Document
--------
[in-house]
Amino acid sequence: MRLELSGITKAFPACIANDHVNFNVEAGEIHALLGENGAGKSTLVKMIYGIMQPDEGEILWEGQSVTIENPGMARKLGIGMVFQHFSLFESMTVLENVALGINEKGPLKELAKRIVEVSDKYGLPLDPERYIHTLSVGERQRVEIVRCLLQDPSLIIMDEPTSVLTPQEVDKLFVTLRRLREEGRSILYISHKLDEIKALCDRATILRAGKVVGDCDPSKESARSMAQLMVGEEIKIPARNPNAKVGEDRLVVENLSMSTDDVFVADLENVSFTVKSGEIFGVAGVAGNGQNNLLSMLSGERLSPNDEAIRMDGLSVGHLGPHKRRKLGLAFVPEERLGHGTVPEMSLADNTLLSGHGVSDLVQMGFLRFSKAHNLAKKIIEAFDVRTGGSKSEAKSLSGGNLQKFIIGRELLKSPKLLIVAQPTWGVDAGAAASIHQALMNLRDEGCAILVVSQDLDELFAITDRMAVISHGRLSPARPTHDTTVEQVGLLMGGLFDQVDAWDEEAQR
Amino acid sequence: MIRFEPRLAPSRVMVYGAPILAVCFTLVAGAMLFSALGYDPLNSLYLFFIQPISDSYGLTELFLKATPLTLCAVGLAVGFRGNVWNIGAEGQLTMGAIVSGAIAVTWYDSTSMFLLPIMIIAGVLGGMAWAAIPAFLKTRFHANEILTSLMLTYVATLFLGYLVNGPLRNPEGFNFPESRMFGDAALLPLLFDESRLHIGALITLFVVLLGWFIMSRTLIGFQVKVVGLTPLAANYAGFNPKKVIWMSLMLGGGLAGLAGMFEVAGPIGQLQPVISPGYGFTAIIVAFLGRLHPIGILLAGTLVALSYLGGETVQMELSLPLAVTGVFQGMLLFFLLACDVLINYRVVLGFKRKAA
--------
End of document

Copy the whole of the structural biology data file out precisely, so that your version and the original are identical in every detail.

[in-house]
Amino acid sequence: MRLELSGITKAFPACIANDHVNFNVEAGEIHALLGENGAGKSTLVKMIYGIMQPDEGEILWEGQSVTIENPGMARKLGIGMVFQHFSLFESMTVLENVALGINEKGPLKELAKRIVEVSDKYGLPLDPERYIHTLSVGERQRVEIVRCLLQDPSLIIMDEPTSVLTPQEVDKLFVTLRRLREEGRSILYISHKLDEIKALCDRATILRAGKVVGDCDPSKESARSMAQLMVGEEIKIPARNPNAKVGEDRLVVENLSMSTDDVFVADLENVSFTVKSGEIFGVAGVAGNGQNNLLSMLSGERLSPNDEAIRMDGLSVGHLGPHKRRKLGLAFVPEERLGHGTVPEMSLADNTLLSGHGVSDLVQMGFLRFSKAHNLAKKIIEAFDVRTGGSKSEAKSLSGGNLQKFIIGRELLKSPKLLIVAQPTWGVDAGAAASIHQALMNLRDEGCAILVVSQDLDELFAITDRMAVISHGRLSPARPTHDTTVEQVGLLMGGLFDQVDAWDEEAQR
Amino acid sequence: MIRFEPRLAPSRVMVYGAPILAVCFTLVAGAMLFSALGYDPLNSLYLFFIQPISDSYGLTELFLKATPLTLCAVGLAVGFRGNVWNIGAEGQLTMGAIVSGAIAVTWYDSTSMFLLPIMIIAGVLGGMAWAAIPAFLKTRFHANEILTSLMLTYVATLFLGYLVNGPLRNPEGFNFPESRMFGDAALLPLLFDESRLHIGALITLFVVLLGWFIMSRTLIGFQVKVVGLTPLAANYAGFNPKKVIWMSLMLGGGLAGLAGMFEVAGPIGQLQPVISPGYGFTAIIVAFLGRLHPIGILLAGTLVALSYLGGETVQMELSLPLAVTGVFQGMLLFFLLACDVLINYRVVLGFKRKAA